There is a nonsense with regard to the MPs' expenses scandal which has started to take hold.
It is an obvious spin, an obvious attempt to deflect attention away from the main story and has the usual Mandelsonian paw-marks all over it. We are supposed to have our eyes diverted to the awful spectacle that journalists and reporters also fiddle their expenses. In fact, their sins are far more egregious than those of poor, overworked politicians, who only keep claiming mortgage allowancews for houses they have already paid for because the poor dears are so overworked and anyway, they are so incompetent and inept with sums, they could not possible be expected to manage their own household accounts.
Except for the fact that newspapers are commercial operations and if they either choose or fall into a lackadaisical accountancy regine, that is their problem. Their shareholders may eventually pull them up over it if they lose too much money this way, but the shareholders can choose not to invest their money in the enterprise and can pull it out when they wish.
MPs have been stealing money from taxpayers who have no say-so in whether their taxes are collected - unless they are rich enough to avoid paying any or all of it, of course.
The attempt here is to make us all, by extension, feel that what MPs are doing is nothing more than when we inadvertently put a company pen in our pocket on the way home or use the company telephone to call for an ambulance when we have just shredded our leg on a piece of unsafe company equipment.
We are supposed to think: "There but for the grace of God go I" except that we never will because we do not have moral shaped holes in our brain and we are not thieving bastard scum like politicians.
Anyway, things are changing before our eyes. There is something in the air.
Love is in the air
Everywhere I look around
Love is in the air
Every sight and every sound
No, no, no. It's not that at all. It's something more like this:
And I try, oh my God do I try
I try all the time
In this institution
And I pray, oh my God do I pray
I pray every single day
For a revolution
No, there is not quite revolution in the air, but there is an accumulating public anger which may become fury and rage.
Jon Snow on Channel Four News a few days ago basically shouted down Liam Byrne with something like this: "You have already said that three times now and I do not want to hear it again. I want an answer to the question I have put."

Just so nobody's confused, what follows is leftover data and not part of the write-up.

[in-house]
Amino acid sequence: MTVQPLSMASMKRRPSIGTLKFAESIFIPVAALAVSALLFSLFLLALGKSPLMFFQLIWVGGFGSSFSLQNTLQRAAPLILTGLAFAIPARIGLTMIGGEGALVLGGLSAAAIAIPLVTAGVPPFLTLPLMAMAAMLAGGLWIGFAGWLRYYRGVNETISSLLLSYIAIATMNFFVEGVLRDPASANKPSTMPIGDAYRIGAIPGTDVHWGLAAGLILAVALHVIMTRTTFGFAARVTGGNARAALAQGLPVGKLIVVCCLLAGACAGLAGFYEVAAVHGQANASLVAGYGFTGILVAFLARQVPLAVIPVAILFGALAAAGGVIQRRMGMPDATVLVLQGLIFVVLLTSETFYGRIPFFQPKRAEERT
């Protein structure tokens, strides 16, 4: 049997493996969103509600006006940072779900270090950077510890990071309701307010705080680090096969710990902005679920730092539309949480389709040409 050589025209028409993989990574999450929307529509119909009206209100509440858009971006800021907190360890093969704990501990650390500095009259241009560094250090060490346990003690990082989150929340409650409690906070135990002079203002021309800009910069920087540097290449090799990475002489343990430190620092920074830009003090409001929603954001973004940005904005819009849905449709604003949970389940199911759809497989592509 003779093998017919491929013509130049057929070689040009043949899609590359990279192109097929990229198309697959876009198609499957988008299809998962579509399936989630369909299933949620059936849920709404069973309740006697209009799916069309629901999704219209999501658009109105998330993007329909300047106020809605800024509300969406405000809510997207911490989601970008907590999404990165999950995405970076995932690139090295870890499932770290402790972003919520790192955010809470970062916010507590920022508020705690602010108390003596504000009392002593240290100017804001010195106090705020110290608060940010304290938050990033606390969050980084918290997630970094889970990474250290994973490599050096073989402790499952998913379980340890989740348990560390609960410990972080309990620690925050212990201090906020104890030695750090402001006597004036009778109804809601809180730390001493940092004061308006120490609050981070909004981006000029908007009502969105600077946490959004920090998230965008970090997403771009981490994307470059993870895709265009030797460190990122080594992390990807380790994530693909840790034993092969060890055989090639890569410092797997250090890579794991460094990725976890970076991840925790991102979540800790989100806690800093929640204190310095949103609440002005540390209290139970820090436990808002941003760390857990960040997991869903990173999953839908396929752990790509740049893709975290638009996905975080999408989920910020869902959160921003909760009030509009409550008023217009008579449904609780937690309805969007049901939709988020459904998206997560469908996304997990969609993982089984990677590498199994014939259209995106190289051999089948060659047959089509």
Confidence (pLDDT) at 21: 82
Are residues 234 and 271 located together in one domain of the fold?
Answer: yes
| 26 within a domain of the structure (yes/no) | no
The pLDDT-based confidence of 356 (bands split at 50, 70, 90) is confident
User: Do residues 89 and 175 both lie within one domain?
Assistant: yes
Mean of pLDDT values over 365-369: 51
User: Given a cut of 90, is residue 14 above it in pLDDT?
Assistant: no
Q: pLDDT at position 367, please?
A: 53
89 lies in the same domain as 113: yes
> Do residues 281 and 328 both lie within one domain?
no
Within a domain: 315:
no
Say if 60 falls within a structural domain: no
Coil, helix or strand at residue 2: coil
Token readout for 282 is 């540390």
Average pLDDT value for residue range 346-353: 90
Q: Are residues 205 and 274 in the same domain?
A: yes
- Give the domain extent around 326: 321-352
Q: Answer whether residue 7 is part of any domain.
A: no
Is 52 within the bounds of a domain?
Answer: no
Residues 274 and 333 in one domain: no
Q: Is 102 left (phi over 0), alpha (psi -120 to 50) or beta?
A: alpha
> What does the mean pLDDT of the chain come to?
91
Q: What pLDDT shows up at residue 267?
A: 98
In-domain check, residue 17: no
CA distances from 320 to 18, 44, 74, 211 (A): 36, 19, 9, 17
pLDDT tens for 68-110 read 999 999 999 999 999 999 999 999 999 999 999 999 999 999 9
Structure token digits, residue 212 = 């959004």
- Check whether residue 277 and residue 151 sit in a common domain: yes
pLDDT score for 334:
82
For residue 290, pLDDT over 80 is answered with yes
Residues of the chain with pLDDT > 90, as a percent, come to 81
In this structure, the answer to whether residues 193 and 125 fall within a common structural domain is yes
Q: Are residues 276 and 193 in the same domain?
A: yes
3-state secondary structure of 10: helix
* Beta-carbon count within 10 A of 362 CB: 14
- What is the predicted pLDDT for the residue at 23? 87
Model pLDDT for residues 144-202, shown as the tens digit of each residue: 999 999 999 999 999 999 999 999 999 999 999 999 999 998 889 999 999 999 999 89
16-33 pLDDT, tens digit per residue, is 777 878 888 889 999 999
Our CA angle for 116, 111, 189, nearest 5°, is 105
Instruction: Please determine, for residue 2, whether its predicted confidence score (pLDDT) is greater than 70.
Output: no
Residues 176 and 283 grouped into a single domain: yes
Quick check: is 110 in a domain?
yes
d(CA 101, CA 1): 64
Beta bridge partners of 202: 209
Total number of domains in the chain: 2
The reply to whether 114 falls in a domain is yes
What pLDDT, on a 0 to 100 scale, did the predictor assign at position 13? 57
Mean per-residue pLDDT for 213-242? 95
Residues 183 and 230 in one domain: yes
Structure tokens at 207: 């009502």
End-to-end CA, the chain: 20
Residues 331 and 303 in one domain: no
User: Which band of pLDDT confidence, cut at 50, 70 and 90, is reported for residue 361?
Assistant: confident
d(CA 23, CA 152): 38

The fastidious politeness we are used to seeing when politicians are interviewed will start to go out of the window. Once you cease to trust people, you very soon start treating them with contempt. The veneer of public deference will soon give way to very open humiliation.
On the same programme, Krishnan Guru-Murthy interviewed, among others, Chris "Corby Statesman" Huhne in front of a small public audience. The politician tried to shout down and browbeat a member of the public who dared to question how abstemious and frugal he was with public funds. Immediately, another member of the audience kept saying through a sneering grin: "You don't get it, do you? You just don't get it!"
No, politicians do not get it, but they will.
This is what Al Franken says in his book Lies And The Lying Liars Who Tell Them:
In her book A Distant Mirror: The Calamitous Fourteenth Century, Barbara Tuchman writes about a peasant revolt in 1358 that began in the village of St. Leu and spread throughout the Oise Valley. At one estate, the serfs sacked the manor house, killed the knight and roasted him on a spit in front of his wife and kids. Then, after ten or twelve peasants violated the lady, with the children still watching, they forced her to eat the roasted flesh of her husband and then killed her.
That is class warfare.
Arguing over the optimal marginal tax rate for the top one percent is not.
The problem for the commentariat like us is that if the poor do rise up, we may look like just the same rich pickings.
"No, look, it's all on credit - here are the receipts - I'm poor just like you!" may not save our skins.
Perhaps we should resign our chatterati status before we have it thrust down our throats.
The common people may not speak in such lovely sonorous tones and drop their erudtion with such careless insouciance, but they may be the ones who pull these robber barons from power.
Like a dog lying in a corner,
they'll bite you and never warn you.
They'll tear your insides out.
'Cause Everybody hates a tourist,
especially one who thinks
it's all such a laugh.
Yeah, and the chip stains' grease
will come out in the bath.
You will never understand
how it feels to live your life
with no meaning or control
and with nowhere left to go.
You're amazed that they exist
and they burn so bright,
while you can only wonder why.